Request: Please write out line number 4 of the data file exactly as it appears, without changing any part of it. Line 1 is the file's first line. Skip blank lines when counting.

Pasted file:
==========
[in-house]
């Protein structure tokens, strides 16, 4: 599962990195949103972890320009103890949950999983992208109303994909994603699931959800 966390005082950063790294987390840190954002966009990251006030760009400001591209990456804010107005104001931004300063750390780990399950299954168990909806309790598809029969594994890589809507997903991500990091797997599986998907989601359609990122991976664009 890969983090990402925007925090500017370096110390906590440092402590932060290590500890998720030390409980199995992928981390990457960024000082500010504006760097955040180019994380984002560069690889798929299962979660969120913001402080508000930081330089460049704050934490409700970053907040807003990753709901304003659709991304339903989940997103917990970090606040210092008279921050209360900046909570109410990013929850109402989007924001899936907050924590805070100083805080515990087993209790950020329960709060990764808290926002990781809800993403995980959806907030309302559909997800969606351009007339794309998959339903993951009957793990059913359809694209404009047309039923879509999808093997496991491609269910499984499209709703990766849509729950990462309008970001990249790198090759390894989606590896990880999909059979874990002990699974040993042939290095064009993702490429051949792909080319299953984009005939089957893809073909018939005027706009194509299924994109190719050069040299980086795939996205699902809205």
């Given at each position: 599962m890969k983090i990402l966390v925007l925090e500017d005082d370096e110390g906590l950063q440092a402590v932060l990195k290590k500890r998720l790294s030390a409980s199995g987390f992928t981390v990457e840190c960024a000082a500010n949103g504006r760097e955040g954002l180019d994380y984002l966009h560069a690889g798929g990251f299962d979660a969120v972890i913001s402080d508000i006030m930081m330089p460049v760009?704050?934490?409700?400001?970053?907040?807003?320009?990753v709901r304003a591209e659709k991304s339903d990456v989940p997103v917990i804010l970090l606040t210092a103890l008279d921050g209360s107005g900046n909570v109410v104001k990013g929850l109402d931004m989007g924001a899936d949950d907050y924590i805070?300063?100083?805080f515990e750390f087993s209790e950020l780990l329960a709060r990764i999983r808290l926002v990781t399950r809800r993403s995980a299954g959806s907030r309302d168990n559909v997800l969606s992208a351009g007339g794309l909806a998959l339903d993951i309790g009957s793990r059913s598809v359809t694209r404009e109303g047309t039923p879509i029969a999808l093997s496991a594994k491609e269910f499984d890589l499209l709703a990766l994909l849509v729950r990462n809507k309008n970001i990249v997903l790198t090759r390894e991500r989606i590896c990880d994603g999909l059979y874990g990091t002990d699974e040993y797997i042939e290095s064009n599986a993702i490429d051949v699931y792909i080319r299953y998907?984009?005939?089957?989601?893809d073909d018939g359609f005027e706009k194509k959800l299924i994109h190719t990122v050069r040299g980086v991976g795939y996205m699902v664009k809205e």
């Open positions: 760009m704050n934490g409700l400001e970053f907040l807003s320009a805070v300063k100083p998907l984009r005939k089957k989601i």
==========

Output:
């Open positions: 760009m704050n934490g409700l400001e970053f907040l807003s320009a805070v300063k100083p998907l984009r005939k089957k989601i």